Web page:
X.nte & NO HIGHS Interview

In this special Music Mondays Interview Rei Low got the chance to sit down with X.nte & nohighs to discuss their music, the internet, video games and much more in this Music Mondays Exclusive. 


Rei: Angel 933 released alongside a fighting game. what significance be that nostalgic or cathartic, do fighting games, like tekken, have to y’all?

X.nte: I find them fun, honestly. I enjoy getting better, and I think high combo execution type stuff feeds into fast paced music. 

Rei: Do you listen to VGM?

X.nte: Used to. When I played games in the drum n bass heavy PS1 era. 

Rei: What significance does that have on your sound if at all? 

X.nte: Not very much, however, growing up I liked having the visual of the game match the music with the game.

Rei: What were you listening to around the time of the release of angel 933?

X.nte: Rock music, electronic, hip hop, it all ties in and influences it. You can hear that in the release too. NO EYES added their own influences, which is shown on the record.

Rei: Does the Atari teenage riot or the alec empire influence you at all?

X.nte: I heard when I was younger it was in rotation. 

Rei: What are some of your acid and hxc influences? 

X.nte: Acid has kinda gotten lost. I use acid sounds and enjoy them but I don’t listen to it. The 303 is something I've been trying to incorporate more. I listen to really heavy bass music like rotator, that has been a thing, has its own sound with the subs. 

Rei: What are some good dnb recommendations?

X.nte: A lot of it was liquid dnb winamp radio. 

NOHIGHS: Early on, I listened to a lot of darkstep, Current Value, Cooh, Donny, more like metal music influenced stuff but also as hi-tech as possible. As for now, anything that Vivid Recs and Tim Reaper are touching.

Rei: What do you think about SVBKVLT?

NOHIGHS: SVBKVLT is moving in a direction I want to explore. I think a good placeholder would be: Post-Amen. People are making it and are very exciting - more biological than the usual jungle stuff. I think there is always a new generation that pushes out the old: Every genre becomes 50 years dudes making 50 eps on 50 different label - so you need to push things somehow.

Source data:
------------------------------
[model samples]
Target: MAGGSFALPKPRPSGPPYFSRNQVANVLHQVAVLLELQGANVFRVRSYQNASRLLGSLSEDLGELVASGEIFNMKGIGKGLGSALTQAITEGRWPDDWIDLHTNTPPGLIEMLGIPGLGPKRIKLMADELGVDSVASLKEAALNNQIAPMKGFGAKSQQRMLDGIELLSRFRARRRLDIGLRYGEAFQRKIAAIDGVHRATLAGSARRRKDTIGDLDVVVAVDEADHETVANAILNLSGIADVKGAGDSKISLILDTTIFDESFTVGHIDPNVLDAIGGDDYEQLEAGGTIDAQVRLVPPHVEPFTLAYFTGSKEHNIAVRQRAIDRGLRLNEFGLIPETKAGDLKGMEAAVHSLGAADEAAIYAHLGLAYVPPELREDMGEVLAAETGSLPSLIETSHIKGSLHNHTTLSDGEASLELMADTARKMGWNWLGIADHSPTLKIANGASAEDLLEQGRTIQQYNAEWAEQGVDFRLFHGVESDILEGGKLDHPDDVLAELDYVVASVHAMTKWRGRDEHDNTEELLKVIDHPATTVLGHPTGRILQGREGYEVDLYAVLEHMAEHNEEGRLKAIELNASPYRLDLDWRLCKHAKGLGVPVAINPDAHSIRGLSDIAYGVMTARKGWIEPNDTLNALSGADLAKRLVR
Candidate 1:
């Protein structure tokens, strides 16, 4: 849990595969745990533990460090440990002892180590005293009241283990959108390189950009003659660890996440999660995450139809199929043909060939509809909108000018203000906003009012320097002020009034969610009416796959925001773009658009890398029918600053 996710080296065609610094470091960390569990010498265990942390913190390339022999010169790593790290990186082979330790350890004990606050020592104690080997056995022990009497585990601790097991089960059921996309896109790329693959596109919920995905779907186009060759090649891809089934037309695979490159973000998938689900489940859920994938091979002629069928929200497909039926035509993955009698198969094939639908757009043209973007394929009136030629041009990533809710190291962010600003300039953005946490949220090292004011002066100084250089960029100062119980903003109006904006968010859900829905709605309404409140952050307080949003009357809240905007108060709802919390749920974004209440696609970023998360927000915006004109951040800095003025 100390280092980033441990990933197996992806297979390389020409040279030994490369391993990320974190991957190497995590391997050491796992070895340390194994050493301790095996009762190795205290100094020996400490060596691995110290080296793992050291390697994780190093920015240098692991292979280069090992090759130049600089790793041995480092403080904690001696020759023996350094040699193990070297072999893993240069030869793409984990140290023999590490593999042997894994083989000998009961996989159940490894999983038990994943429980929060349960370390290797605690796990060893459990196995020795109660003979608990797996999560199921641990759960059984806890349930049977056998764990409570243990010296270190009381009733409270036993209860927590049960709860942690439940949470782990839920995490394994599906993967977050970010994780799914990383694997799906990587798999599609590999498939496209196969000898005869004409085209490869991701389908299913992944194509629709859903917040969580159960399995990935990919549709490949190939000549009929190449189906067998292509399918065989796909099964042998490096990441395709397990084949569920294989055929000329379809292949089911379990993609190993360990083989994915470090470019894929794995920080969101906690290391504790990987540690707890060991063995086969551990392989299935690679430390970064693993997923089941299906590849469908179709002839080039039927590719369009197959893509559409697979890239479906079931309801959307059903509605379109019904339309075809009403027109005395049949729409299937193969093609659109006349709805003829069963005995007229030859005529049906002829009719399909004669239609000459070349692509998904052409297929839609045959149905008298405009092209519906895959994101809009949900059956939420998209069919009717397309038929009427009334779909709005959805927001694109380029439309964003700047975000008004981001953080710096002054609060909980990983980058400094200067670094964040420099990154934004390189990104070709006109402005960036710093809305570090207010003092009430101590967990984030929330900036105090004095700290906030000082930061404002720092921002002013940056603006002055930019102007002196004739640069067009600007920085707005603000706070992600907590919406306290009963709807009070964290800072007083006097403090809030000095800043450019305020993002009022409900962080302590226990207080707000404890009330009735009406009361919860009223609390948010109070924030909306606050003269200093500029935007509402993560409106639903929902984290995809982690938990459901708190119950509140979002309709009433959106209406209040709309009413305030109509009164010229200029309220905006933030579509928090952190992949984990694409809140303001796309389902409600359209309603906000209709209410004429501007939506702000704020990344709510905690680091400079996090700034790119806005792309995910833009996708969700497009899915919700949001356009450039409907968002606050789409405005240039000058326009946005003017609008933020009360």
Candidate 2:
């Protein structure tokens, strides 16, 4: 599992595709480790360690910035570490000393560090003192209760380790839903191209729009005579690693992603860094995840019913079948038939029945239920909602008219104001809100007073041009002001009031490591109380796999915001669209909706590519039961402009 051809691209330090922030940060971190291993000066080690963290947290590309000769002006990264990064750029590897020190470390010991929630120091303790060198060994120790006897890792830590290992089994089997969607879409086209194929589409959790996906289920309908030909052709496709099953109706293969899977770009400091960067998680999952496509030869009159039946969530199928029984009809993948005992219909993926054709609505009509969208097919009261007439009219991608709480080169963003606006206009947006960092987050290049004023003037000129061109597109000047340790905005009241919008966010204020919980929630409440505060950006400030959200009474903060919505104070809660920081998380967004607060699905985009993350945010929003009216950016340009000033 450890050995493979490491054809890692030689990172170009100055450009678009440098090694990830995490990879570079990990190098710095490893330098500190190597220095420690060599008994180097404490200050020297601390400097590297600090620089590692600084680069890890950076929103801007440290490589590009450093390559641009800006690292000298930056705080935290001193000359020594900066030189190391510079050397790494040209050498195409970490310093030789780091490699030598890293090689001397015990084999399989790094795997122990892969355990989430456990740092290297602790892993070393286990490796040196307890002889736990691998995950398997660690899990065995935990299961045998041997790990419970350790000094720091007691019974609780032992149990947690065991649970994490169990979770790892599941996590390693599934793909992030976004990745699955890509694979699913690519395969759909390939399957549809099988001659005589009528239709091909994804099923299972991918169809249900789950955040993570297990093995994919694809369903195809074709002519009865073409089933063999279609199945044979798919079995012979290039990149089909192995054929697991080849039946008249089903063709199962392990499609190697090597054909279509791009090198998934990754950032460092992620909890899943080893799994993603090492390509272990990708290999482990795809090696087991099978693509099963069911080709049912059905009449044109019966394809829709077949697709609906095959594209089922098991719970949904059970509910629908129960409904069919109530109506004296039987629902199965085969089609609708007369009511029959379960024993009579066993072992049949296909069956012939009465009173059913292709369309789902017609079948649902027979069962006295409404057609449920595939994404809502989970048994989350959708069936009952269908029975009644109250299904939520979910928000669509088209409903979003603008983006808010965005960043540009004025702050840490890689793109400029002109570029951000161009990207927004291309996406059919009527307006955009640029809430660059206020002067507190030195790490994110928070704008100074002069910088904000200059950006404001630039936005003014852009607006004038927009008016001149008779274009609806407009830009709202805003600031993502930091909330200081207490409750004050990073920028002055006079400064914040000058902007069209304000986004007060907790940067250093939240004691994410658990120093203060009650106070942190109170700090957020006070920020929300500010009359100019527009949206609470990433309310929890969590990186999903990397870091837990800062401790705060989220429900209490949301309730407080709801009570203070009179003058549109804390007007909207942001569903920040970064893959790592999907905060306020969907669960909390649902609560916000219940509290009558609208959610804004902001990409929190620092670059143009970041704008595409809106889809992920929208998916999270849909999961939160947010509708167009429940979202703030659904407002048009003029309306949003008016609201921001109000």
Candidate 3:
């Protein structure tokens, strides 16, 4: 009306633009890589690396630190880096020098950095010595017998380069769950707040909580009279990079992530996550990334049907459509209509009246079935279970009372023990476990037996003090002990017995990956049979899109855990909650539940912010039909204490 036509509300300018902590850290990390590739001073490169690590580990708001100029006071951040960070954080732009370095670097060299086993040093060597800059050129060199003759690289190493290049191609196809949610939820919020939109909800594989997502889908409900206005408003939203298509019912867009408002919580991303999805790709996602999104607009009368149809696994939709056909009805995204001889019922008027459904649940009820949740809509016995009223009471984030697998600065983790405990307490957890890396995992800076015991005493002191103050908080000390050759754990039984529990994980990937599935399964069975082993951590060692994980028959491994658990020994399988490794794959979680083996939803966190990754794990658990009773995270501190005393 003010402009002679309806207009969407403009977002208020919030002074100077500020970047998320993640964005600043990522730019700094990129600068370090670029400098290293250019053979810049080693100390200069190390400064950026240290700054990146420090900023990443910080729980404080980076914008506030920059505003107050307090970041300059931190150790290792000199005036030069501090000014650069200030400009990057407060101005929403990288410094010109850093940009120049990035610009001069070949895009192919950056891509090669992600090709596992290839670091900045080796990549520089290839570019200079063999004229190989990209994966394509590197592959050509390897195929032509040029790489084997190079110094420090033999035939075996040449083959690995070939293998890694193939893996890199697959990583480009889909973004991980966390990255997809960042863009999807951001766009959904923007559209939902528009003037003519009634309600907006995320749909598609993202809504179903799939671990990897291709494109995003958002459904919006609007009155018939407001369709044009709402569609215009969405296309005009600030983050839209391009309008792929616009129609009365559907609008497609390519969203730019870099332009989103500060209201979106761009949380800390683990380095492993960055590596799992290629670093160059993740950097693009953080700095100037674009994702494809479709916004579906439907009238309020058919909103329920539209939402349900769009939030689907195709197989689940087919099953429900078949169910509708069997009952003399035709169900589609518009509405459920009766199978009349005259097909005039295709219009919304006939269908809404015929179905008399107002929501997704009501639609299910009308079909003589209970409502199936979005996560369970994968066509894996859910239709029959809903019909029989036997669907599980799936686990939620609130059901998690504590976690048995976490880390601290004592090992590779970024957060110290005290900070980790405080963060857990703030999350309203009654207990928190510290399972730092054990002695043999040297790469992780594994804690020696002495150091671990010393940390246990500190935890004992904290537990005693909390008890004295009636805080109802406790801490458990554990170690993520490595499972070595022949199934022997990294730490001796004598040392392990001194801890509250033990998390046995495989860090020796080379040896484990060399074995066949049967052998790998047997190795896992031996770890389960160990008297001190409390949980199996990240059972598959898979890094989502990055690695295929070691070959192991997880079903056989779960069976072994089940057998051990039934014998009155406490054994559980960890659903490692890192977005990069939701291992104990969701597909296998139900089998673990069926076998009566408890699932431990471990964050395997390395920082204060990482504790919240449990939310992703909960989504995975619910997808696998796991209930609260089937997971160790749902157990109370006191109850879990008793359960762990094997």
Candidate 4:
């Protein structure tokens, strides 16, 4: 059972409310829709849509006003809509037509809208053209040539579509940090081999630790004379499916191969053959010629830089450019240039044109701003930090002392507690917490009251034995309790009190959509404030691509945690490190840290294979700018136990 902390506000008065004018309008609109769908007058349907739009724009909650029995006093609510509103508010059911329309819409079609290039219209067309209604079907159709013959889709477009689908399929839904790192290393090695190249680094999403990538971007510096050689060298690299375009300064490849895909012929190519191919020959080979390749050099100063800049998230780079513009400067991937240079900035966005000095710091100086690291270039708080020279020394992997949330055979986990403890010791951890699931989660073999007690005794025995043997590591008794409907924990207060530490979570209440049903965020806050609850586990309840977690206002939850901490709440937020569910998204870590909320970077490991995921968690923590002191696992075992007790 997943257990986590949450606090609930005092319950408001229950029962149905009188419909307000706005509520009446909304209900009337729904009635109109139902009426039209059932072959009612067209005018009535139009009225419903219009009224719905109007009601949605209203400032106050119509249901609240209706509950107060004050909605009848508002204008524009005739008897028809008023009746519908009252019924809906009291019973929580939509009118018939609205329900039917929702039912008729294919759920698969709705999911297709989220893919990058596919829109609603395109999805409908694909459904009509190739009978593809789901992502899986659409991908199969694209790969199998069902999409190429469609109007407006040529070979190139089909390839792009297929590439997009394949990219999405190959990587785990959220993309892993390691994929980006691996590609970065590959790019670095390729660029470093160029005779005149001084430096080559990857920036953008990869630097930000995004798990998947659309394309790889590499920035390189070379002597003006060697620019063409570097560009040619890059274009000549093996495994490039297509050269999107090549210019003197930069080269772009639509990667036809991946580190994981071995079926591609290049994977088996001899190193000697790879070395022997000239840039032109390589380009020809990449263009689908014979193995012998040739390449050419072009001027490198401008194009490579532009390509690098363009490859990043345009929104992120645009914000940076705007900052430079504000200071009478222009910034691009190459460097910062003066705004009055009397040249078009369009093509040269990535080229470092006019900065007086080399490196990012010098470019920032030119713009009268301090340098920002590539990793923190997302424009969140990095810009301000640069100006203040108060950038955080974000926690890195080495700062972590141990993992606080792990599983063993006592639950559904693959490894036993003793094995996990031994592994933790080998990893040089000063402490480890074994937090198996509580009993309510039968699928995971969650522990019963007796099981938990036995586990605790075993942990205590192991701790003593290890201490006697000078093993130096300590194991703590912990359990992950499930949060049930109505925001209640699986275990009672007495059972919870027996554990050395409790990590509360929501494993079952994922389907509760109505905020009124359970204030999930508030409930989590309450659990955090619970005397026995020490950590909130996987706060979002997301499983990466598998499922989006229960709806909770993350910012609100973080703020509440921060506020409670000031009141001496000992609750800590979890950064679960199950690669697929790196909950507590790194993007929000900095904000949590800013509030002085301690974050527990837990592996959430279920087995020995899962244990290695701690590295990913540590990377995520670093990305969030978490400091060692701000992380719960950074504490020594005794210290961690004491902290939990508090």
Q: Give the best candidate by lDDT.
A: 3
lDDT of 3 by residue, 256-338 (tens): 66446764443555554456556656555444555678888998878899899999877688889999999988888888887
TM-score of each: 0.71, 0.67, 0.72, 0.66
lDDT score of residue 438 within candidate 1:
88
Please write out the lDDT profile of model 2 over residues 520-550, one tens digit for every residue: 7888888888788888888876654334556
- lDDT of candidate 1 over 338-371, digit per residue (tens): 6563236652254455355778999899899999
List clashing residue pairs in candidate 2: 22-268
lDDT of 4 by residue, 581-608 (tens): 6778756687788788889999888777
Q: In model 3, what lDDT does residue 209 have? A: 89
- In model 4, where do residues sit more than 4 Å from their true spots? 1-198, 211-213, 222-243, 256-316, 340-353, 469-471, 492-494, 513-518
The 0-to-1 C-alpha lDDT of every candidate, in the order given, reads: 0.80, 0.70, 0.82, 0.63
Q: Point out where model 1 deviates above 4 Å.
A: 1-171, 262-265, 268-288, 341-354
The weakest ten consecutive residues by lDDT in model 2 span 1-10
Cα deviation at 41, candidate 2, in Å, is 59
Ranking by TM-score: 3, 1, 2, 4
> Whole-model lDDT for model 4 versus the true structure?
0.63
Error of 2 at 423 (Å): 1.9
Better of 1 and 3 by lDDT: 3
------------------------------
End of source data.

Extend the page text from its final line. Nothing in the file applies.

Rei: I am guilty of using this concept as well, but do you identify at all with the label “internet music”?

NOHIGHS: That’s so so. I've been into internet music since 2007. It's a legitimate sort of thing. We should study what happens and its similarities to irl scenes. It’s still very undefined. Serial Experiments Lain breakcore isn’t internet music; Internet music contributes to something that is greater. Internet music stands in Defiance of copyright fosters a sense of openness to new ideas and positions. Spotify and internet music aren’t compatible. A collective aspect is an important distinction. You’ve got a thing where the collectives are fighting against commodification of their art while commodifying their existence to eat off their art. Spotify specifically is flattening scenes and allowing people to outsource their musical taste. There’s no real digging, no more discogs stuff. Recommendations from Spotify limit the ability to find more music, and in the pandemic there was less potential to find new ideas since everyone was online, and people were being sold-to at 200% capacity. 

Rei: I recently read a concept of psychedelia being the opposite of nostalgia. Do you straddle these two concepts, or is nostalgia not a contributor to your sounds?

X.nte: They can definitely exist together and that was something listeners talked about. Nostalgic aspects- I get that I will sample things, but that's not my intention. I grew up with this and I want to apply it. It is from my past. Y2k revival has been going on for a decade. 

NOHIGHS: And It makes sense we're in this bubble. What's new isn’t pushed to the front. People seem stuck, rather than incapable. People aren't willing to get out of their comfort zone. Covid is such a weird time, but it's very easy to try something different.